And with the NFL producing fewer superstar middle linebackers in recent seasons, McClain said he patterns himself after perhaps the position's biggest star of the last two decades.

"I love Ray Lewis," McClain said, referring to the Baltimore Ravens' perennial Pro Bowl middle linebacker. "I like the way he plays the game. He's one of the best to ever play linebacker. Not just his play, but the way he's able to get the guys up. He's inspirational and he's a real leader. That's why I pride myself after him."

While only four true inside linebackers have been selected in the first round since 2000 – and while just 15 middle backers have been selected in the entire draft over the last two years – analysts believe McClain worthy of being a franchise-type selection. And while an interior linebacker – and particularly a middle linebacker in a 4-3 scheme – often is asked to be the quarterback of the defense, McClain said that's something he likes about the position, and a role he wants in the NFL.

"I've been doing this since my freshman year," he said. "This is something I'm used to, I'm used to being the leader on defense as a (middle) linebacker, the quarterback of the defense. The things I've done in college will carry over to the pros. We kind of talked about some of those things. It's something I'm used to it's because I've been doing it for three years.

"I'm a leader. I had to lead seniors as a freshman. My biggest thing is wanting to win. So if I have to be a leader in order for us to win, that's what I'll do, no matter the circumstance."

BREAKING DOWN THE 2010 NFL DRAFT'S TOP MIDDLE LINEBACKERS
In an era in which middle linebackers are rarely selected in the first round of the NFL Draft, Rolando McClain of Alabama hardly could be more of a rarity. He not only is projected as the first middle linebacker to be selected in the 2010 NFL Draft, he likely will be the first linebacker and could be a Top 10 overall selection. After McClain, the 2010 middle linebacker class takes on a familiar feel, with Sean Lee of Penn State the only other player at the position considered a consensus second-round selection. In an era in which many starting backers are late-round selections of free-agent acquisitions – Colts MLB Gary Brackett went undrafted in 2003 – there are about 15 middle backers generally considered draft-worthy this year.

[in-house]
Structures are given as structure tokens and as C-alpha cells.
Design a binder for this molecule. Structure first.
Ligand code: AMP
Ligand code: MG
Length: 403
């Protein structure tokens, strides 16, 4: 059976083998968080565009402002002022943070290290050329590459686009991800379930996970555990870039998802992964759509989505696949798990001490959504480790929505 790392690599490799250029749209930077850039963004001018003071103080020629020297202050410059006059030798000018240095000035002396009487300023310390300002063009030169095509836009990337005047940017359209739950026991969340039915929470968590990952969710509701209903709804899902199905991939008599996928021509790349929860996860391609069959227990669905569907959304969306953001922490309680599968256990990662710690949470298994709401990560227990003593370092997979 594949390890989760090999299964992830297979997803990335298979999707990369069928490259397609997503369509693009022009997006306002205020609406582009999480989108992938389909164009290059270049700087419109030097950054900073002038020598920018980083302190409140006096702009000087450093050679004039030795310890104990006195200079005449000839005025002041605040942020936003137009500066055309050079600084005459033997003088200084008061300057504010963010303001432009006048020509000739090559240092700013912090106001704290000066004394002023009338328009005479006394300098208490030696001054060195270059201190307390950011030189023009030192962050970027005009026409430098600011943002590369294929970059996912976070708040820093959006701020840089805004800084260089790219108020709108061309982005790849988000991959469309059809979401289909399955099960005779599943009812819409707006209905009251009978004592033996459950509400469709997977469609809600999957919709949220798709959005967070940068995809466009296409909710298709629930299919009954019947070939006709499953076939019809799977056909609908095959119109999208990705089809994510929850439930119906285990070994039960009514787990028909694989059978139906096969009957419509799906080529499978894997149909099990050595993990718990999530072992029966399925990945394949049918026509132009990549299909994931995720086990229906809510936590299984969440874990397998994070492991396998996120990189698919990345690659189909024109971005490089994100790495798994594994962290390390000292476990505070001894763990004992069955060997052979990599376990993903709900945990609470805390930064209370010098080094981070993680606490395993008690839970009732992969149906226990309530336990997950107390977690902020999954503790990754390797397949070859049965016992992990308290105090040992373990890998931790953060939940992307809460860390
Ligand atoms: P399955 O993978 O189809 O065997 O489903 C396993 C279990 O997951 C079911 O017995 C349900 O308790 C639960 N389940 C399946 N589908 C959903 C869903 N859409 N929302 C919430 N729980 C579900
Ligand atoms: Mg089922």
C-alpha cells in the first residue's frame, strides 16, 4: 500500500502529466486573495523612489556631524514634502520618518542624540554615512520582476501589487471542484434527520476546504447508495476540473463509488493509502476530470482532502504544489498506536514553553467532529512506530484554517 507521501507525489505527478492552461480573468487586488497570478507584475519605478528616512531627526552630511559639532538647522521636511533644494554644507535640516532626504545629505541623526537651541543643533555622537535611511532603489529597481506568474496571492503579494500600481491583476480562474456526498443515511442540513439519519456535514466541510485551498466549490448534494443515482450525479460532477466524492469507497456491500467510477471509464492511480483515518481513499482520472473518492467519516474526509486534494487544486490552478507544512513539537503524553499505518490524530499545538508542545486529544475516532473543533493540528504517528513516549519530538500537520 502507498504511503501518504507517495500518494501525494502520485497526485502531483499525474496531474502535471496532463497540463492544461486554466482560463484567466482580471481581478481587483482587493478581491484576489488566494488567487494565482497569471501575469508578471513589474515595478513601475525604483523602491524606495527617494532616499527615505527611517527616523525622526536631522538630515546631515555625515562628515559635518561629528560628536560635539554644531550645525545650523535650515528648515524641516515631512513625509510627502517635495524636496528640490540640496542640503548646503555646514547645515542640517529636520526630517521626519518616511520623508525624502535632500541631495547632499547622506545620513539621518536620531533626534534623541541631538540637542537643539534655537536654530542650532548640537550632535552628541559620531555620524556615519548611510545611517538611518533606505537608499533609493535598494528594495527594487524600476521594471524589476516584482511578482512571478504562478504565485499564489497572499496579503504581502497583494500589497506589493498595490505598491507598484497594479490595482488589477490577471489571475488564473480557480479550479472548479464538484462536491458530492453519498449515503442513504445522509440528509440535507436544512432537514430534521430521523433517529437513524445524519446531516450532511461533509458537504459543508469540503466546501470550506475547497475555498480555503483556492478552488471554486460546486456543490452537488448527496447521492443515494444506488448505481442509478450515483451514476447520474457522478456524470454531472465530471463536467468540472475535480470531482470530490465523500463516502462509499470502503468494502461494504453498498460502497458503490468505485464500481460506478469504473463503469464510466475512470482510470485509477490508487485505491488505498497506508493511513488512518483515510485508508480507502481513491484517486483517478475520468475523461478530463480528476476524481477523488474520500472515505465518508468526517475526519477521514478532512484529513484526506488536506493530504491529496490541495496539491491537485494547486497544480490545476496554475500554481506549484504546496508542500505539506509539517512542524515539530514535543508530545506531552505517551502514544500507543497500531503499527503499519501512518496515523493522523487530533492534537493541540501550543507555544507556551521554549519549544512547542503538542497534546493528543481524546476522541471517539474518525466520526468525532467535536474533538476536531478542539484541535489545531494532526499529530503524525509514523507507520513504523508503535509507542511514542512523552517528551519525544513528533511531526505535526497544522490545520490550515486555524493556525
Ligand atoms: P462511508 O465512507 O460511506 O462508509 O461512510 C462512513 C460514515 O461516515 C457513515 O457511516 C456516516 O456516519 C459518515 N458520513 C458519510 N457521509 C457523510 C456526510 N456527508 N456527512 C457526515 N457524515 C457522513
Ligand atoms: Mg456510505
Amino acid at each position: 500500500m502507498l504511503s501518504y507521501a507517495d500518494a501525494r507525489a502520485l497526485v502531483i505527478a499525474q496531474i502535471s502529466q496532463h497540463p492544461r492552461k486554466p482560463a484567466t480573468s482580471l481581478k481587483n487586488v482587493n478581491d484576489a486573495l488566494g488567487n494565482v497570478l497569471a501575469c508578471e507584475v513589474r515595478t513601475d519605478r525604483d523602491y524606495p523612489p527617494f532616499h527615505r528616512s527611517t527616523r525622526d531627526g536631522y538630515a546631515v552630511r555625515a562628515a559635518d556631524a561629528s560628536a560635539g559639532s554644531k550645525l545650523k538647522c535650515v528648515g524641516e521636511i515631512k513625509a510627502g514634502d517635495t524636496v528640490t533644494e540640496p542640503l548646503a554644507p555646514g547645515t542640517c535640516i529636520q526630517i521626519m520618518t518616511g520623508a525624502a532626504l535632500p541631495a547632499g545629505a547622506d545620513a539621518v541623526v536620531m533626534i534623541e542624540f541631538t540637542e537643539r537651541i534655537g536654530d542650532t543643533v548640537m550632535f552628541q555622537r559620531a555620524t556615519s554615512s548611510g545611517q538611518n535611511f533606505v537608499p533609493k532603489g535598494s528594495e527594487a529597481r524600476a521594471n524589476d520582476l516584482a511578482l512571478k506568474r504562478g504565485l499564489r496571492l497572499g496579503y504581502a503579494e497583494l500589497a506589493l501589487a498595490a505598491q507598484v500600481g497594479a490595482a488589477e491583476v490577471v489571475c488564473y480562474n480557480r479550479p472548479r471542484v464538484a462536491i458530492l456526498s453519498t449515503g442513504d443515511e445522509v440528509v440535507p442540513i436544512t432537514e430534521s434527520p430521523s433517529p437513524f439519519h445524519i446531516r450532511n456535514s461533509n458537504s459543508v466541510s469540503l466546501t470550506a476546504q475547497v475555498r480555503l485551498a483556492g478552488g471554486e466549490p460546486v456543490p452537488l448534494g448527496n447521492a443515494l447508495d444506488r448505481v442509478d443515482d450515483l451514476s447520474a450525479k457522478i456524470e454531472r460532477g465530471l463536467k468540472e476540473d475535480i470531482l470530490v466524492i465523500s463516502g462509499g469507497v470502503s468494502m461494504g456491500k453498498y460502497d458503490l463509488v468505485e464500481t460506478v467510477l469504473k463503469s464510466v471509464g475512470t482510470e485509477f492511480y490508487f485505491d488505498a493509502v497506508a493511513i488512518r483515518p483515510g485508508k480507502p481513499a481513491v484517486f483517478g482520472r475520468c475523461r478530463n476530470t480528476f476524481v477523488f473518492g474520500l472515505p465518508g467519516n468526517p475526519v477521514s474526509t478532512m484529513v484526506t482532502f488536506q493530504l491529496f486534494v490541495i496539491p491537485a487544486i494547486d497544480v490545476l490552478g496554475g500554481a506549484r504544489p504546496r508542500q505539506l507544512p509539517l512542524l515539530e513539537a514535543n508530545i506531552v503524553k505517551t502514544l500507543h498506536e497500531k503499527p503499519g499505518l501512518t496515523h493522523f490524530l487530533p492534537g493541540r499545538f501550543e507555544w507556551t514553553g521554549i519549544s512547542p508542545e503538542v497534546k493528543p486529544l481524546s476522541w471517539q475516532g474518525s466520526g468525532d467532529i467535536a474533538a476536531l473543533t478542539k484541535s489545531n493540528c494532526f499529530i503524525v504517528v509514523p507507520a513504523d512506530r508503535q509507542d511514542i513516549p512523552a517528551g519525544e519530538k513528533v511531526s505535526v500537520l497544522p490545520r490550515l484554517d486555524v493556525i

ON THE COLTS' ROSTER
Gary Brackett, eighth season, Rutgers.

THIS YEAR'S DRAFT
An alphabetical list of 15 inside linebackers expected to be selected in the 2010 NFL Draft . . .

Pat Angerer, Iowa, 6-0, 235

Donald Butler, Washington, 6-1, 245

Reggie Carter, UCLA, 6-0, 238

Jamar Chaney, Mississippi State, 6-1, 242

Phillip Dillard, Nebraska, 6-0, 245

Travis Goethel, Arizona State, 6-3, 240

Josh Hull, Penn State, 6-3, 237

Micah Johnson, Kentucky, 6-2, 258

Boris Lee, Troy, 6-1, 238

Sean Lee, Penn State, 6-2, 236

Rolando McClain*, Alabama, 6-4, 249

Mike McLaughlin, Boston College, 6-0, 242

Darryl Sharpton, Miami, 6-0, 236

Brandon Spikes, Florida, 6-3, 249

Kion Wilson, South Florida, 6-1, 239

Note: The content in this story and in the series of draft-eligible players that appears on Colts.com in no way reflects the position of the Indianapolis Colts.

This article has been reproduced in a new format and may be missing content or contain faulty links. Please use the Contact Us link in our site footer to report an issue.

Related Content

2022 Season Tickets

2022 Season Tickets

Join us for every game next season at Lucas Oil Stadium and witness exciting matchups against the Kansas City Chiefs, Philadelphia Eagles, Los Angeles Chargers and more!

Advertising